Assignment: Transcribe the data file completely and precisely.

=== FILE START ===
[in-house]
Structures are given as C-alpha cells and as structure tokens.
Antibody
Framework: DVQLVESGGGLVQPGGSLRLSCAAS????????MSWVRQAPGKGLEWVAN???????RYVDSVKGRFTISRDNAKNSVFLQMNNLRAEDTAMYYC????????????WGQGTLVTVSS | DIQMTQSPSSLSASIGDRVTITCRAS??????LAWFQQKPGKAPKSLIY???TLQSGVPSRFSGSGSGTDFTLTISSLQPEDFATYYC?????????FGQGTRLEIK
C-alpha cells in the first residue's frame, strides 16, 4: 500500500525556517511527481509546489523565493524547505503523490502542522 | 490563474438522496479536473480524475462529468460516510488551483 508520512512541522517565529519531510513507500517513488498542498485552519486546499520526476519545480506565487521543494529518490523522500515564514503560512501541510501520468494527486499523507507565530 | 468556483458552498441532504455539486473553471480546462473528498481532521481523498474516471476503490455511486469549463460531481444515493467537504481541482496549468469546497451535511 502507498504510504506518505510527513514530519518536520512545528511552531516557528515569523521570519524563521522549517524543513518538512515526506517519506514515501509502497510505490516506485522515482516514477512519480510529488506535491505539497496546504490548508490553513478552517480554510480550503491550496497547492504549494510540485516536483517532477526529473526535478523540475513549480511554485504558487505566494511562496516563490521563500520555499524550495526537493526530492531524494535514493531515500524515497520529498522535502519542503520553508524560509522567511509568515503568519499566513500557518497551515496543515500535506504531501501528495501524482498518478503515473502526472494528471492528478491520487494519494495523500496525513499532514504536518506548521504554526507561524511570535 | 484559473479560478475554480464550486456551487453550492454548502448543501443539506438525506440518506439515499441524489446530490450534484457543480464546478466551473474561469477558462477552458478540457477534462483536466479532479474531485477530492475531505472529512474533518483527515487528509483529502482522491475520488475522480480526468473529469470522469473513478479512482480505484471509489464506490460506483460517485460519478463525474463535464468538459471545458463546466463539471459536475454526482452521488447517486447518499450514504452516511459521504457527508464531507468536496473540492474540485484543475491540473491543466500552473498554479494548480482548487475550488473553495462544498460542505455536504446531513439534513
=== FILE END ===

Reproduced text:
[in-house]
Structures are given as C-alpha cells and as structure tokens.
Antibody
Framework: DVQLVESGGGLVQPGGSLRLSCAAS????????MSWVRQAPGKGLEWVAN???????RYVDSVKGRFTISRDNAKNSVFLQMNNLRAEDTAMYYC????????????WGQGTLVTVSS | DIQMTQSPSSLSASIGDRVTITCRAS??????LAWFQQKPGKAPKSLIY???TLQSGVPSRFSGSGSGTDFTLTISSLQPEDFATYYC?????????FGQGTRLEIK
C-alpha cells in the first residue's frame, strides 16, 4: 500500500525556517511527481509546489523565493524547505503523490502542522 | 490563474438522496479536473480524475462529468460516510488551483 508520512512541522517565529519531510513507500517513488498542498485552519486546499520526476519545480506565487521543494529518490523522500515564514503560512501541510501520468494527486499523507507565530 | 468556483458552498441532504455539486473553471480546462473528498481532521481523498474516471476503490455511486469549463460531481444515493467537504481541482496549468469546497451535511 502507498504510504506518505510527513514530519518536520512545528511552531516557528515569523521570519524563521522549517524543513518538512515526506517519506514515501509502497510505490516506485522515482516514477512519480510529488506535491505539497496546504490548508490553513478552517480554510480550503491550496497547492504549494510540485516536483517532477526529473526535478523540475513549480511554485504558487505566494511562496516563490521563500520555499524550495526537493526530492531524494535514493531515500524515497520529498522535502519542503520553508524560509522567511509568515503568519499566513500557518497551515496543515500535506504531501501528495501524482498518478503515473502526472494528471492528478491520487494519494495523500496525513499532514504536518506548521504554526507561524511570535 | 484559473479560478475554480464550486456551487453550492454548502448543501443539506438525506440518506439515499441524489446530490450534484457543480464546478466551473474561469477558462477552458478540457477534462483536466479532479474531485477530492475531505472529512474533518483527515487528509483529502482522491475520488475522480480526468473529469470522469473513478479512482480505484471509489464506490460506483460517485460519478463525474463535464468538459471545458463546466463539471459536475454526482452521488447517486447518499450514504452516511459521504457527508464531507468536496473540492474540485484543475491540473491543466500552473498554479494548480482548487475550488473553495462544498460542505455536504446531513439534513